Buying a Pre-owned Home
A pre-owned home is best for those who want to move to a specific location where new real estate is rare or unavailable. But keep in mind, you are likely going to be stuck with what you buy. This includes the layout of rooms, the height of the ceilings, and lighting, which were likely built to match outdated trends and tastes. A pre-owned home can be right if you enjoy the appeal of vintage homes, or have the aptitude and interest in fixing up an older house. Keep in mind, this endeavor may require significant time and money. The price of carpet cleaning, roof repairs, and cabinet refinishing services can add up.
A newly built house comes equipped with new components such as water heaters, air conditioning units, furnaces, fridges, dishwashers, and plumbing. These products generally come with an extended warranty, some up to 10 years. With a pre-owned home, all these components may have been heavily used and very close to requiring replacement. Replacement costs need to be seriously considered before purchasing a home, or you will be sorry later on. About 40 million people move each year and many make this very mistake. Consider the cost of replacements as part of the true cost of the purchase of a pre-owned home:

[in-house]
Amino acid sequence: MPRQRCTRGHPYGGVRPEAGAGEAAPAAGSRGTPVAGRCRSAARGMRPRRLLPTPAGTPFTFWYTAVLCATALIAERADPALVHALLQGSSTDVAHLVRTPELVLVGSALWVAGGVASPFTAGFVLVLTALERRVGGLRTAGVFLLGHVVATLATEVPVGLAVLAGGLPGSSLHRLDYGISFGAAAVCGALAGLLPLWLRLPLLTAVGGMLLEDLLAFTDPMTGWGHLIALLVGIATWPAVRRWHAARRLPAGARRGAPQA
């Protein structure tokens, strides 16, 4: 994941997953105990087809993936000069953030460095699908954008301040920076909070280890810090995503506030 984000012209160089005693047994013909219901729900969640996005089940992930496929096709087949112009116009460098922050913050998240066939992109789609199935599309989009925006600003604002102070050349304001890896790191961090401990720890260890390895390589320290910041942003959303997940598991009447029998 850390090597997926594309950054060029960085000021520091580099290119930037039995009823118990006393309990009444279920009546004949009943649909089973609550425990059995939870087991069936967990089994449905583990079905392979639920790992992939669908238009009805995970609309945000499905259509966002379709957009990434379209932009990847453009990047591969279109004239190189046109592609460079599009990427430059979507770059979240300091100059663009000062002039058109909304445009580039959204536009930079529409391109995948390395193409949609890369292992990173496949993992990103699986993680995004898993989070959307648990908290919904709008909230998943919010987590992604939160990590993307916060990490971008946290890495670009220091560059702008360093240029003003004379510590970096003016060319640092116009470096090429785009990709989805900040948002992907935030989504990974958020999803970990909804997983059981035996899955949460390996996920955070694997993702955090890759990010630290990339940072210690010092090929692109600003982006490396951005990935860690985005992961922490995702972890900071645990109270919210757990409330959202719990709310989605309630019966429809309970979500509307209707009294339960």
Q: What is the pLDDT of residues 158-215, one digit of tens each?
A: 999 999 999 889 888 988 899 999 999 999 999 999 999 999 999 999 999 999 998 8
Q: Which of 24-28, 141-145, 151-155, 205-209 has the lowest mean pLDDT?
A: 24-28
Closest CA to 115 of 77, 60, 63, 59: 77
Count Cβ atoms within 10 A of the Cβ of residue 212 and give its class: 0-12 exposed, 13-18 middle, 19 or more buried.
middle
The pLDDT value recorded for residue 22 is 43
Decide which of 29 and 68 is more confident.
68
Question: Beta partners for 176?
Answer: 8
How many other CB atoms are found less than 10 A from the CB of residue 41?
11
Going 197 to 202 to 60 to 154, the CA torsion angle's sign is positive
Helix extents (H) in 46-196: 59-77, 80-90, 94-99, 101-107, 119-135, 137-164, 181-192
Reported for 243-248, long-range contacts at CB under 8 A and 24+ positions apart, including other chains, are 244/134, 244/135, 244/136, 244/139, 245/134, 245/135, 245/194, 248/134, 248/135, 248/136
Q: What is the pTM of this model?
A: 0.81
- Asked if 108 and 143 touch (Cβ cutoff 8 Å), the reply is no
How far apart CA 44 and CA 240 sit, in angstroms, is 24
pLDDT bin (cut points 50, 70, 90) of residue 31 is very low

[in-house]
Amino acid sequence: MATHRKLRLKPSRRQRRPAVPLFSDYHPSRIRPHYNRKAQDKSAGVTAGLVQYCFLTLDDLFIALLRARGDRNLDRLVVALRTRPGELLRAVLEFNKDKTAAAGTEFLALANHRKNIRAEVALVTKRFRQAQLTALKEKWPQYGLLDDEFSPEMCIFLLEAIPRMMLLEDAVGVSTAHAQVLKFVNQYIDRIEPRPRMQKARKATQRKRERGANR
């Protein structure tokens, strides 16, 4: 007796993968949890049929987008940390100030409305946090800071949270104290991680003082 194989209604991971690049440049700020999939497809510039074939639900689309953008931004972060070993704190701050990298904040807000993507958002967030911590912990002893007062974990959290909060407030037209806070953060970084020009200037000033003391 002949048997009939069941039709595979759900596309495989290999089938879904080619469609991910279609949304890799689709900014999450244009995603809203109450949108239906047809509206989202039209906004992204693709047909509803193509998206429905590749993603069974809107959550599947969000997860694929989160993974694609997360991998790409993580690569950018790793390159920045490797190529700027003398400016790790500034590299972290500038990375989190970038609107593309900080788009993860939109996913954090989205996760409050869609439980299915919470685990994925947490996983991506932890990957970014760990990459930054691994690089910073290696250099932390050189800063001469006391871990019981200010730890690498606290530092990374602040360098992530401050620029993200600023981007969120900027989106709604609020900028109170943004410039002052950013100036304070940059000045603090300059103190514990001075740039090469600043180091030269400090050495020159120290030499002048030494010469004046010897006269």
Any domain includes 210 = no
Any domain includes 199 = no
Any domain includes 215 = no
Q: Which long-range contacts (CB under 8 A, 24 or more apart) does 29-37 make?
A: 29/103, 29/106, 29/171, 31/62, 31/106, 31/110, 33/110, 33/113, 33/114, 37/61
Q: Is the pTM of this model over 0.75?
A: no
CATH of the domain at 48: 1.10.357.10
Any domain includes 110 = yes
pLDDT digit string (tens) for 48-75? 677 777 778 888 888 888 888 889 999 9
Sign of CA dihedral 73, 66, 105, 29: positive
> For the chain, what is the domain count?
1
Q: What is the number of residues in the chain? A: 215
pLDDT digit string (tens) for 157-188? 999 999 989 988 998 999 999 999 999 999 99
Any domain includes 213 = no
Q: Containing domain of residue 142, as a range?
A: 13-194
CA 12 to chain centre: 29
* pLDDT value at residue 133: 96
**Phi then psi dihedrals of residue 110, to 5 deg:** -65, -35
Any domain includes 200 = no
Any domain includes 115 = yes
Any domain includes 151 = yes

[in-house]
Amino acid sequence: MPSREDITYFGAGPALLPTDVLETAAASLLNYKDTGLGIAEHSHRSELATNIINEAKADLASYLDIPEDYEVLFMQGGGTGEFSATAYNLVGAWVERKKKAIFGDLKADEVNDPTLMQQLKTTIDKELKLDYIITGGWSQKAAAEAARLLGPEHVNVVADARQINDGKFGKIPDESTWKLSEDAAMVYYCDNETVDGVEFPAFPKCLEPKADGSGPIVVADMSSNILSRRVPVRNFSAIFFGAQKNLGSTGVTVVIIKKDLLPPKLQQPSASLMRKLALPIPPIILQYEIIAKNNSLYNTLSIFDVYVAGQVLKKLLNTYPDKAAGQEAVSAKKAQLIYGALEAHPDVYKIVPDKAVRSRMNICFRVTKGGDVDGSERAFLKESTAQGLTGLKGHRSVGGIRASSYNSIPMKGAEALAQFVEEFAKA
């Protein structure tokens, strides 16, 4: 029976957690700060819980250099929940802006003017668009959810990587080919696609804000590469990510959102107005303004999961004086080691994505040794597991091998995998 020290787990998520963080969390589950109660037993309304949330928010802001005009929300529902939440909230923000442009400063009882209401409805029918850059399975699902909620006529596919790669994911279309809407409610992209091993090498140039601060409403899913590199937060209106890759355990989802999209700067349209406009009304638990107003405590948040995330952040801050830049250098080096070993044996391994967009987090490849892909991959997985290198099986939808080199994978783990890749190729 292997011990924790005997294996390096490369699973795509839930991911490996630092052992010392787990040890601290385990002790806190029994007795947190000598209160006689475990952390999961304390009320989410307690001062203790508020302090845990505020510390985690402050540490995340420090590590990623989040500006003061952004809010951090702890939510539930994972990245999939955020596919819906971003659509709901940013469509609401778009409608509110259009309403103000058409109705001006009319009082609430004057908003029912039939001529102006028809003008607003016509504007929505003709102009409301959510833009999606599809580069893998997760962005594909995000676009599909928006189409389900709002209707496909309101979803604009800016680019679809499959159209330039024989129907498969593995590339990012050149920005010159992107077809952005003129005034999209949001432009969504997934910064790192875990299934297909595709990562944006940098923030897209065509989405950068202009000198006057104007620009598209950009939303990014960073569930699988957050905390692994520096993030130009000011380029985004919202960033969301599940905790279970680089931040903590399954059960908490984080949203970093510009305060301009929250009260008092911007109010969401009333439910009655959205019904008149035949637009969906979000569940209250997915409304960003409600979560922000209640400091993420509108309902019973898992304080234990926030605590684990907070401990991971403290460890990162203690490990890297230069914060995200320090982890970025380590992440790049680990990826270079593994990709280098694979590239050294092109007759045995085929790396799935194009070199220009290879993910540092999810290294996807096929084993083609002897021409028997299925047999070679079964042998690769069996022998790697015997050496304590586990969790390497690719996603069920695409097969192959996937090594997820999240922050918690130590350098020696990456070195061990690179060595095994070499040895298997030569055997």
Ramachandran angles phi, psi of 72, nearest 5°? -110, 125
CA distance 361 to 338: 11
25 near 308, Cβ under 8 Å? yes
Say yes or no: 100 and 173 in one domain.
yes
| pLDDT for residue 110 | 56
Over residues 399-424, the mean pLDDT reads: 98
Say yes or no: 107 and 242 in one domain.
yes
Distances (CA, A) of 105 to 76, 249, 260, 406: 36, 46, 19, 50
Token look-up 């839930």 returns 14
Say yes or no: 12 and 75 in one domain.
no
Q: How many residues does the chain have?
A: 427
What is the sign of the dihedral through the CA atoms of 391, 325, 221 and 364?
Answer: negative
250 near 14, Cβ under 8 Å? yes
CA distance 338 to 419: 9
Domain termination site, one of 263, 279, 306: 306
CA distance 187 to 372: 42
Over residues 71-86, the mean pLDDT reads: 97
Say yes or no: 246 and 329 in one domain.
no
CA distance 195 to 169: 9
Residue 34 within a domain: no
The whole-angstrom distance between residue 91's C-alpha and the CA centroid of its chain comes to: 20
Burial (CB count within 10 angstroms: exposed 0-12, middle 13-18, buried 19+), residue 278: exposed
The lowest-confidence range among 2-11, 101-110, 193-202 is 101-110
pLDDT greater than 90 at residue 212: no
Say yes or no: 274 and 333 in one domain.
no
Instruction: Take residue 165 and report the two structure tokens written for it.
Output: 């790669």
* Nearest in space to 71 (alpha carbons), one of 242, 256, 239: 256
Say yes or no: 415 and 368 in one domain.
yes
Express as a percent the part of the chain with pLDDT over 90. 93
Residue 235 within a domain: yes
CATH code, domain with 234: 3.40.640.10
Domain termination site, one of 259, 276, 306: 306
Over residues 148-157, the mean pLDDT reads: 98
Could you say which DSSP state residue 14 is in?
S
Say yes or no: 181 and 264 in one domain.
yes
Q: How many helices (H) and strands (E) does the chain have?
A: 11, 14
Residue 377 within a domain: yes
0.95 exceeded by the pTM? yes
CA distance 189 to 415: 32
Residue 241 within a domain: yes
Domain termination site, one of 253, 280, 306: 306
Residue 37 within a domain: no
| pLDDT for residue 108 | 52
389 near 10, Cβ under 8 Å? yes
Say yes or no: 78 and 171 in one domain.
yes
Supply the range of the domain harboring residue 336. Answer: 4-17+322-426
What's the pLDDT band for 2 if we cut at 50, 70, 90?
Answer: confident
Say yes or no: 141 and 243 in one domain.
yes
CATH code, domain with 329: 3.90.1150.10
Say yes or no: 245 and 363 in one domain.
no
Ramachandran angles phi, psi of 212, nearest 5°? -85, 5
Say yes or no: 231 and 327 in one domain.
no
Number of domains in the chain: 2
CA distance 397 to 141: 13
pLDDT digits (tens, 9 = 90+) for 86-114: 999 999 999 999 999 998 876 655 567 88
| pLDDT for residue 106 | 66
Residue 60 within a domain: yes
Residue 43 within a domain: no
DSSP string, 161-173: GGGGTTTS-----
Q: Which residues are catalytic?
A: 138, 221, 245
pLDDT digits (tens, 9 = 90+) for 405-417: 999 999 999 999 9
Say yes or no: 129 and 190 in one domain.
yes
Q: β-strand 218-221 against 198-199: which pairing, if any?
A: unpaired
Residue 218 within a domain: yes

- Heating: The average furnace has a life expectancy of 20 years and replacement could cost up to $3,600.
- Air Conditioning: A central air system has an average life span of 15 years. Replacement costs around $4000.
- Flooring: It is almost a guarantee a pre-owned home will require new carpeting. This, along with other upgrades could cost $1000 to over $15,000.
- Roof: A typical shingle roof last around 25 years. Replacing a damaged roof costs a minimum of $5000.
- Painting: You will likely want to repaint the interior and exterior of a pre-owned home, costing a minimum of $5000.
- Kitchen: The cost of remodeling an entire kitchen will range from $20,000 to $40,000.
- Bath: The cost of remodeling a master bath will cost a minimum of $15,000.
At the end of the day, you will decide what you replace or remodel and when, according to your budget. But it is very likely that you will have to make one or several of these improvements over the course of owning a pre-owned house. These are the undisclosed costs of buying a resale home.
Your Personal Requirements
After you have made the decision to buy a new or pre-owned home, it is time to start thinking about your living situation and how your home can accommodate it. Most buyers will have some preconceived specifications in mind, such as wanting a condo or requiring a certain number of bathrooms and bedrooms for them and their children. Maybe a multi-generational family may require housing for seniors in the form of an in-law quarters, especially if they require round the clock home care. These personal requirements will play a huge role in narrowing down your search for the perfect home.